Marvel reveals massive Phase Four film and television plan

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Marvel Studios’ Phase Four of its Marvel Cinematic Universe will include 10 movies and Disney + series when it launches next year, with 2021 looking especially crowded. President Kevin Feige appeared at San Diego Comic-Con for Marvel’s 90-minute appearance in Hall H, where he gave a pretty lengthy update on Phase 4.

The Phase Four slate that Marvel unveiled includes the following: Black Widow (May 1st, 2020), Falcon and the Winter Soldier (Fall 2020), The Eternals (November 6th, 2020), Shang-Chi and the Legend of the Ten Rings (February 12, 2021), WandaVision (Spring 2021), Doctor Strange and the Multiverse of Madness (May 7th, 2021), Loki (Spring 2021), What If...?(Summer 2021), Hawkeye (Fall 2021), and Thor: Love and Thunder (November 5th, 2021). Feige made a surprise announcement at the end saying that he didn’t have time to address where the Fantastic Four or X-Men would end up in the franchise, but that one additional project will be Blade, which will feature Mahershala Ali.

Image: Marvel Studios

The next phase includes a mix of sequels, like Doctor Strange and the Multiverse of Madness — to be directed by Scott Derrickson, which is described as the MCU’s first horror film, Thor: Love and Thunder, the fourth movie in the franchise, to be directed by Thor: Ragnarok director Taika Waititi. Unlike the last several Marvel movies, however, Natalie Portman will play Thor this time around. There’s at least one prequel, too — Black Widow, starring Scarlett Johansson in the titular role, one that she has been fighting to have for years. Rachel Weisz, Florence Pugh, and David Harbour will also star.

Image: Marvel Studios

Other film projects will feature several new heroes: The Eternals and Shang-Chi and The Legend of the Ten Rings. Like Guardians of the Galaxy, neither Shang-Chi or The Eternals are household names — but it looks as though Marvel Studios is hoping that they’ll have wide, mainstream appeal.

The Eternals centers on a group of beings known as Eternals who use their advanced skills to protect humans in the future. The comic book series, created by legendary creator Jack Kirby was, “one of many many many things that we are actively beginning to have creative discussions about,” Feige previously told Slash Film. Feige also confirmed that the movie will star Richard Madden, Kumail Nanjiani, Brian Tyree Henry, Salma Hayek and Angelina Jolie.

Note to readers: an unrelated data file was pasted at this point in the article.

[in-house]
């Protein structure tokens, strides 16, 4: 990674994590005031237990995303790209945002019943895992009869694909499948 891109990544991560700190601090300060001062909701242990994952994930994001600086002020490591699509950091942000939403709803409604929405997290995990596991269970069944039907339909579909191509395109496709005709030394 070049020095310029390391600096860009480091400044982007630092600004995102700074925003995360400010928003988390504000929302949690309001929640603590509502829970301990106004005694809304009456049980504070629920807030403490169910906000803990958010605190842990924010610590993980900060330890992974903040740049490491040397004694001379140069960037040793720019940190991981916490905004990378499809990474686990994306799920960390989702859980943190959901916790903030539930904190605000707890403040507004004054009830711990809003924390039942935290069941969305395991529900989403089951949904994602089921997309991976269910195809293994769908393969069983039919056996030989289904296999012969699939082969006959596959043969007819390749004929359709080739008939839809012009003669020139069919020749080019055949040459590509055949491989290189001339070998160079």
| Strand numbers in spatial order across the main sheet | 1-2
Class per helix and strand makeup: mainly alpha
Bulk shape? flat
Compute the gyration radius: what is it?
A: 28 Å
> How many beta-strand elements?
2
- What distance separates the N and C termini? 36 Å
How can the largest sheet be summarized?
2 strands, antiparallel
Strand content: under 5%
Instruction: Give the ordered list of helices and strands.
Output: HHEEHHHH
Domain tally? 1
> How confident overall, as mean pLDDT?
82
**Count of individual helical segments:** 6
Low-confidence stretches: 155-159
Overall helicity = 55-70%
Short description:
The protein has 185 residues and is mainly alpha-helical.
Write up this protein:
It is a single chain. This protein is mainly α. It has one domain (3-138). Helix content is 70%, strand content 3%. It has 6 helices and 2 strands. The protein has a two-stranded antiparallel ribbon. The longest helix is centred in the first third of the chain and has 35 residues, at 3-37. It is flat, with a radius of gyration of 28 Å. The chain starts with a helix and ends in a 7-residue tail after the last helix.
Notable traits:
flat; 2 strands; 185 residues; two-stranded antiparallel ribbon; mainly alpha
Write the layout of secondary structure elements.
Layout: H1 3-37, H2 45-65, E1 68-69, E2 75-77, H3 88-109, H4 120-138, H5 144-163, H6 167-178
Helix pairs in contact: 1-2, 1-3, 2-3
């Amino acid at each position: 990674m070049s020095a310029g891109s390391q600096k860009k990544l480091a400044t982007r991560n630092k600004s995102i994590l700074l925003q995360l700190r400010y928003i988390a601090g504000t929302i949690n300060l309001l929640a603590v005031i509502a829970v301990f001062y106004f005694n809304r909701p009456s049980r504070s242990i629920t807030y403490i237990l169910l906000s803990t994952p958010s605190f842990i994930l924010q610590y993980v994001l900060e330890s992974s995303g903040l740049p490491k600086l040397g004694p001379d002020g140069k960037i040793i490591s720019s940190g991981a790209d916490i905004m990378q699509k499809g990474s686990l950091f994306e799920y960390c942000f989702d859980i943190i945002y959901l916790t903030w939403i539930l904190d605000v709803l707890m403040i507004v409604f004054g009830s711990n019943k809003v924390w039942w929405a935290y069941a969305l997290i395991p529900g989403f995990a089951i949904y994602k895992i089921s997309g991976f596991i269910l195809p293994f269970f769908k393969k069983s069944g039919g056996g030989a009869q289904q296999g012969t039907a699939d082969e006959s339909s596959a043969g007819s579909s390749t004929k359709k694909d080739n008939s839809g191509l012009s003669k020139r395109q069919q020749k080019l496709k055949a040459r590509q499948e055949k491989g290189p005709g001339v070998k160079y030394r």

Shang-Chi will focus on the titular character, Shang-Chi, who devotes his entire life to bringing down his father’s criminal empire. Feige confirmed at Comic-Con that The Mandarin, the villain who was supposed to appear in Iron Man 3 but ultimately did not, will appear for real this time in Shang-Chi. Marvel is working with director Destin Daniel Cretton on the project, best known for his critically acclaimed film Short Term 12. Simu Liu, best known for his work on Canadian comedy series, Kim’s Convenience, is set to play Shang-Chi.

Image: Marvel Studios

But the Marvel Cinematic Universe isn’t just movies anymore — Disney’s forthcoming streaming service, Disney+, will feature several ongoing projects, like Falcon and the Winter Soldier, WandaVision, Loki, Hawkeye, and What If...?. Feige and his team went into some more detail about a couple of shows, including Loki. The show will follow the character after he escaped with the Tesseract in 2012 — something that only happened thanks to Avengers: Endgame. The version of Loki played by Hiddleston appears to be one that didn’t experience the events of several films, like Thor: Ragnarok, Avengers: Infinity War, and Avengers: Endgame. The show will premiere on Disney+ in spring 2021.

Unlike the existing entries in the MCU, where there was a major divide between the film and television properties, it looks as though the stories will fit together closely, with projects like The Falcon and the Winter Soldier picking up after Avengers: Endgame, Hawkeye exploring some of the character’s time as Ronin, and with the events in WandaVision leading right into Doctor Strange 2. Feige and Disney CEO Bob Iger previously said the MCU films and Disney+ series would intertwine, and now we know how that looks. There’s a good chance other characters from all of the aforementioned series and films could intertwine in some way, too.